Trinity Park in Fort Worth. Photo by Kevin B. Stillman.

When city officials in Rio Hondo wanted to connect their town’s park system with the neighboring city of Harlingen and birding trails along Arroyo Colorado, they envisioned a plan that includes a new pier and dock and nature trails. But coming up with all of the money for the project would be a challenge. So, they did what a lot of small communities do: they applied for a grant through a program that helps fund new recreation opportunities across the state.

Since 1996, the Texas Parks and Wildlife Commission has awarded both small and urban communities with matching grants that provide money to build trails, gardens, playgrounds, sports fields, and other parks projects. Last week, the commission announced more than $15 million would be awarded in grants to 30 cities.

Among the projects? A splashpad in San Saba, hiking trails in Edinburg and along the Leon River in Belton, sports fields in New Braunfels, a basketball court in Center, and bike trails in Clear Lake City. In tiny Cactus, just south of the Oklahoma border, officials won a grant that will fund, among other things, a court to play sepak takraw, an Asian form of kick volleyball played with a rattan ball.

In South Texas, Rio Hondo’s $650,000 grant will allow the city to build its pier and dock along with a kayak launch. “That way people can canoe back and forth, about 5 or 6 miles over water,” says city administrator Ben Medina. The grant will also go toward nature trails, a pavilion, bird blinds, and restrooms at the Rio Hondo Boat Ramp Park. The project should be finished by late 2022.

In North Texas, a $1.5 million grant will pay to rebuild two dilapidated sections of the marsh boardwalk and construct a concrete loop trail at the Fort Worth Nature Center and Refuge, along the West Fork of the Trinity River, where visitors can glimpse white-tailed deer, pileated woodpeckers, a bald eagle, and even a resident alligator.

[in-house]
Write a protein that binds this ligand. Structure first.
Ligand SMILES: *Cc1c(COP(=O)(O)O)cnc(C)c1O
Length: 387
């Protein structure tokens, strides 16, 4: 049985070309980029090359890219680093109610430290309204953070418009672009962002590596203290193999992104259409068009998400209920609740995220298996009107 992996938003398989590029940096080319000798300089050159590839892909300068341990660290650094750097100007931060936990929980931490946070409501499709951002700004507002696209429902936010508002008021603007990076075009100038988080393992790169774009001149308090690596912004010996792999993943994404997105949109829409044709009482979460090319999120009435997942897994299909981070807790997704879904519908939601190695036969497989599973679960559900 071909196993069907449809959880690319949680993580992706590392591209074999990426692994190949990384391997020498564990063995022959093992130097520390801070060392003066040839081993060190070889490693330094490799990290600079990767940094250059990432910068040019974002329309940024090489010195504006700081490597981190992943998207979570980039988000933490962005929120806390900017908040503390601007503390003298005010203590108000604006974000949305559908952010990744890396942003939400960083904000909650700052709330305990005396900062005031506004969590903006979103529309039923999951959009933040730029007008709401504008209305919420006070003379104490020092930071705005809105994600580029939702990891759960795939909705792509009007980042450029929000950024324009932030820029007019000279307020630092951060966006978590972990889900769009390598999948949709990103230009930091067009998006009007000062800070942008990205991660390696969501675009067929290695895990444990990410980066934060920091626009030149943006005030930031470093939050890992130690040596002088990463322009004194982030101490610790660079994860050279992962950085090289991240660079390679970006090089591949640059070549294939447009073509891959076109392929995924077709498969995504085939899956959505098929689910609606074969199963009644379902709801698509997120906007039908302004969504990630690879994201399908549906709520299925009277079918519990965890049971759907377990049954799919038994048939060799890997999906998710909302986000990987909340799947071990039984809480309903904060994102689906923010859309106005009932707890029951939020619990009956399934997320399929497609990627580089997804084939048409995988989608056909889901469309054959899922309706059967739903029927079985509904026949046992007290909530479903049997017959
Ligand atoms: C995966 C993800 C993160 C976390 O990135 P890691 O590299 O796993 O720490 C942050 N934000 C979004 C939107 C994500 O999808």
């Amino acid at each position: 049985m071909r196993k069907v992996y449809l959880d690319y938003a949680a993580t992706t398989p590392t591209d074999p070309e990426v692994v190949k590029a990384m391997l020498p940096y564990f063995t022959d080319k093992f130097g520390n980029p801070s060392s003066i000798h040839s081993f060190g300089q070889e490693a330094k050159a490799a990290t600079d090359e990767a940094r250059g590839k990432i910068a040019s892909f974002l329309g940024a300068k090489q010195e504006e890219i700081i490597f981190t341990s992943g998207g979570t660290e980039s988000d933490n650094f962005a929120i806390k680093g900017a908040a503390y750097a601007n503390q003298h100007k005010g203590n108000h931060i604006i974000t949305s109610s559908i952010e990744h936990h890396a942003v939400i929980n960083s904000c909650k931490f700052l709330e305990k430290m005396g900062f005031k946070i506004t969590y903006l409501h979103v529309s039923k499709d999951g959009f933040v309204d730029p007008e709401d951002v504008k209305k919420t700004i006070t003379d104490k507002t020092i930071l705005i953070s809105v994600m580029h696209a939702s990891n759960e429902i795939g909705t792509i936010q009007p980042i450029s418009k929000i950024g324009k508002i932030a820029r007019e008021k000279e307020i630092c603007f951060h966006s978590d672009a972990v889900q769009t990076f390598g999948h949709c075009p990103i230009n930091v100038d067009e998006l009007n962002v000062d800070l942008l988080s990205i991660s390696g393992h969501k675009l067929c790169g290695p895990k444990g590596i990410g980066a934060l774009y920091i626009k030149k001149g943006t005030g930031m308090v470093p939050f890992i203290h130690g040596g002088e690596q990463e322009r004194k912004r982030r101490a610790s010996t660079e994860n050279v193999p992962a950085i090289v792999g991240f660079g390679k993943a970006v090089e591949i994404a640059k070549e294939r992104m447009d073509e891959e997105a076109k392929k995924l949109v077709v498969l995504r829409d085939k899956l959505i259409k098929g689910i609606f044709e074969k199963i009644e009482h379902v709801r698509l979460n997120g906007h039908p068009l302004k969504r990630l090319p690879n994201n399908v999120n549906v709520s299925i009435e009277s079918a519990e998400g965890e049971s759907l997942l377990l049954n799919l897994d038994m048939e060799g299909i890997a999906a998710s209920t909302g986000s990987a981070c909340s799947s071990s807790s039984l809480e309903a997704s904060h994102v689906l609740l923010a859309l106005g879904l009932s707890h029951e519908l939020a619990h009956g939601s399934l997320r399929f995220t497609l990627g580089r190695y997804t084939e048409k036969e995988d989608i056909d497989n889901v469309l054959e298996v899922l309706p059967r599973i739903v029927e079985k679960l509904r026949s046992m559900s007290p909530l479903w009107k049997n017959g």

“It’s the largest capital investment in the Fort Worth Nature Center in the last 50 years,” says Joel McElhan, capital program manager for the Fort Worth Parks and Recreation Department. “The boardwalk is a focal point of the extensive trail system around the nature center. As far as being at the waterfront and seeing wildlife, this is a great opportunity for the public to experience that.” That project should be completed in 2021.

Some communities got more creative for their grant.

Taylor, about 30 miles northeast of Austin, is using its $107,351 grant to purchase durable, built-to-withstand-the-elements, outdoor instruments that will convert a corner of Murphy Park to a music-themed play area. The quartet of instruments and a separate solo instrument will be arranged on a treble clef-shaped pad between the lake and swimming pool. Each instrument will come with a QR code that, when scanned, explains how to use it.

According to Julie Rydell, founder of Good Life Taylor, the nonprofit organization that is spearheading the Percussion Park project, the city wanted a park where both grandparents and grandkids could play.

“Music is universal. You don’t have to know a language to appreciate it or participate in it,” she says. “The idea is for [the project] to be an all-abilities, all-ages playground. No matter if you’re 3 or 93 years old, or if you’re in a wheelchair, you can enjoy it.”

Construction on Taylor’s project begins in spring.

You can read more about the program and see the full list of cities receiving grants here.


The June 2024 cover of Texas Highways: Treasures from the Coast

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